Diners endured hour-long waits for cuisine that wasn’t especially inventive or clever, just comfort-food classics really well made in a casual room. Nowadays, another place like that opens every week. In 2004, it wasn’t a cliché, yet.
The French-trained chef, Marc Murphy, parlayed the success to a second Landmarc in the Time-Warner Center, in the space Charlie Trotter was once supposed to occupy.
The crowds at the original Tribeca Landmarc subsided, as they always do at hot restaurants. A few years later, both Landmarcs were just serving gussied-up shopping mall food, with shopping mall service to match.
Despite training in “some of the most highly esteemed kitchens in the world from Paris to Monte Carlo” (so says the website), Murphy’s ambitions remained decidedly low-brow. His next project, a two-restaurant chain called Ditch Plains, did for the seafood shack what Landmarc had done for American comfort food. We liked Ditch plains, but there’s no mistaking what it is.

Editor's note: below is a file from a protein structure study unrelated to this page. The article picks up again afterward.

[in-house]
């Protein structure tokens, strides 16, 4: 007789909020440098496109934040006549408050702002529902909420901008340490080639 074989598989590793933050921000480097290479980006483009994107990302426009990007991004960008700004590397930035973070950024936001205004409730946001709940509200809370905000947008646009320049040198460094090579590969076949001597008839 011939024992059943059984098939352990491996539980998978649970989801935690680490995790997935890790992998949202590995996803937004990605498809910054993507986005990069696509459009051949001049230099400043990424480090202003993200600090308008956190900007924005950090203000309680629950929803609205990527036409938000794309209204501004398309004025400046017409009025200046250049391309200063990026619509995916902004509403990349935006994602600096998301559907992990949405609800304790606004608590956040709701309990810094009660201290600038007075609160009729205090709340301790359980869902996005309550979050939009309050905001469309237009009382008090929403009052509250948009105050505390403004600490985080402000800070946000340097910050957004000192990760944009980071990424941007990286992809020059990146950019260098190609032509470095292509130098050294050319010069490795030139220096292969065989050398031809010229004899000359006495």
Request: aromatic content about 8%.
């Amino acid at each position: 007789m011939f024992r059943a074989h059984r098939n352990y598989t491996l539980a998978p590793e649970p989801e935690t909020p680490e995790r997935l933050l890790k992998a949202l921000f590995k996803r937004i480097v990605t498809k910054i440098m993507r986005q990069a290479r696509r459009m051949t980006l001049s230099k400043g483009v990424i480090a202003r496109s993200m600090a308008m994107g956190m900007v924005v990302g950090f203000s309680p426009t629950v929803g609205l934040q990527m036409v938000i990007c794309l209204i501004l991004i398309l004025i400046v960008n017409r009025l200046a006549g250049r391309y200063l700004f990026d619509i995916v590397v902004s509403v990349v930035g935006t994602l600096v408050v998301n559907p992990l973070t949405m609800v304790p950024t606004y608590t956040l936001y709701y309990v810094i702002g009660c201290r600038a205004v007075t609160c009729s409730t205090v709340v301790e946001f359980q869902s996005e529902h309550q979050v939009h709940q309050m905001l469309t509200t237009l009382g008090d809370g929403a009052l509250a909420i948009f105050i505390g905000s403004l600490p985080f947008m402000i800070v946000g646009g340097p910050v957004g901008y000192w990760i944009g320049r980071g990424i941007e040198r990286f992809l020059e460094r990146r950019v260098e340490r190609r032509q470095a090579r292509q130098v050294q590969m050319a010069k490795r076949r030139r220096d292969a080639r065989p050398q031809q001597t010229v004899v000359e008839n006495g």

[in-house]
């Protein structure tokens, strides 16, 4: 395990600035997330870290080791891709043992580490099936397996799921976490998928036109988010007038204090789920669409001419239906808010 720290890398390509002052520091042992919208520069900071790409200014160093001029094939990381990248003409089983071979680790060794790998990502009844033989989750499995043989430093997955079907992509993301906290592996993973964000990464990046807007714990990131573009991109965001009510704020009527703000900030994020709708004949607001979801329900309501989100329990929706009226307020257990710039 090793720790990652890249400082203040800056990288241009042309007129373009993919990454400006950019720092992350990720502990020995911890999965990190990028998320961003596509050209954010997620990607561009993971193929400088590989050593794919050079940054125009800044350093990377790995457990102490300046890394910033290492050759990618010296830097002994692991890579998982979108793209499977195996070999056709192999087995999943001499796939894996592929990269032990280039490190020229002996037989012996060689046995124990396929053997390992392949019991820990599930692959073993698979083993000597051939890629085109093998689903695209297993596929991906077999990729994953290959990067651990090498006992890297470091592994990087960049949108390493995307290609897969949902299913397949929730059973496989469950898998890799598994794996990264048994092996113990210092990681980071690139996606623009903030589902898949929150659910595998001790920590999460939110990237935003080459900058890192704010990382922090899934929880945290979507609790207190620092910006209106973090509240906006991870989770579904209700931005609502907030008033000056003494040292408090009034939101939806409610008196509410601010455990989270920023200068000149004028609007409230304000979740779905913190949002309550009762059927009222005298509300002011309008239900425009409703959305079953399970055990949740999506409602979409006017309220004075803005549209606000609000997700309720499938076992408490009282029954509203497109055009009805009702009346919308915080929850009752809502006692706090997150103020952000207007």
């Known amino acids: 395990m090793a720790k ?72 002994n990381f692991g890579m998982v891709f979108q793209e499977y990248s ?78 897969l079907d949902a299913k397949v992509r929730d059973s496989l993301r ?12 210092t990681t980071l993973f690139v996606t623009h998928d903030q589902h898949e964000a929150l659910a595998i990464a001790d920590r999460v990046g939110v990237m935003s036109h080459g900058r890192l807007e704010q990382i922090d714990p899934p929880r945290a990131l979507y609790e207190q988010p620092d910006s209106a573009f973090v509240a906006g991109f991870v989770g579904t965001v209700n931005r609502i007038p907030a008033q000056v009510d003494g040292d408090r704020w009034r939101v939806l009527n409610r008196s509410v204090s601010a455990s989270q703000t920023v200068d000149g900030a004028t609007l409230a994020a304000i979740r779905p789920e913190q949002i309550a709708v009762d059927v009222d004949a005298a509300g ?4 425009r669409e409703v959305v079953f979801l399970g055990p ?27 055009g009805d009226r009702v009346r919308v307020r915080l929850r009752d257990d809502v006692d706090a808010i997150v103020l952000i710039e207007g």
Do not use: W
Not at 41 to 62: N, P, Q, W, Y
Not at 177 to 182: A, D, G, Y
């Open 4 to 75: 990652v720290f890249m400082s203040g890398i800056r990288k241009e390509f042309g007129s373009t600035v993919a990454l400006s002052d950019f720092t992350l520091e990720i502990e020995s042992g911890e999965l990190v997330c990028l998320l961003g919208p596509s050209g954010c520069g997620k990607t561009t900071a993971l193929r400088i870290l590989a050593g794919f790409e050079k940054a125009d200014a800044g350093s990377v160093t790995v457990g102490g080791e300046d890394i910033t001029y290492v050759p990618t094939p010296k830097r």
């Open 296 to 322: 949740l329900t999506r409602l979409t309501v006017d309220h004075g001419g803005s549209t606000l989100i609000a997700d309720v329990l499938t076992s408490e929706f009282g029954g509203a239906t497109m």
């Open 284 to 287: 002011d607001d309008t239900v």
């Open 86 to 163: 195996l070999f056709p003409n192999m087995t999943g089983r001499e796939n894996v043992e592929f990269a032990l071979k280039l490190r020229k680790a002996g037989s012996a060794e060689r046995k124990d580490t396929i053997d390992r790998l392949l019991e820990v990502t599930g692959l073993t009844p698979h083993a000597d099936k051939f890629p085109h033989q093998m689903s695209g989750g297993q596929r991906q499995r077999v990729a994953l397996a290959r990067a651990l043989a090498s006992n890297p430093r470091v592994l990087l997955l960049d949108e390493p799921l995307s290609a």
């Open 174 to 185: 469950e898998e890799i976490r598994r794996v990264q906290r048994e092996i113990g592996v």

If you replicate Landmarc’s cuisine, dial up the volume, and do it well, what do you get? Welcome to Kingside, Murphy’s latest production, a big, bold brasserie in the Viceroy Hotel, a few doors down from Carnegie Hall.
No one will confuse Kingside for the bargain Landmarc used to be. Cocktails are $16, and most of the entrées—sorry, “large plates”—are over $30. These prices aren’t out of line for the location, but even after eating and drinking without excess, you’ll still be well over $200 a couple, for food that’s well made but not very memorable.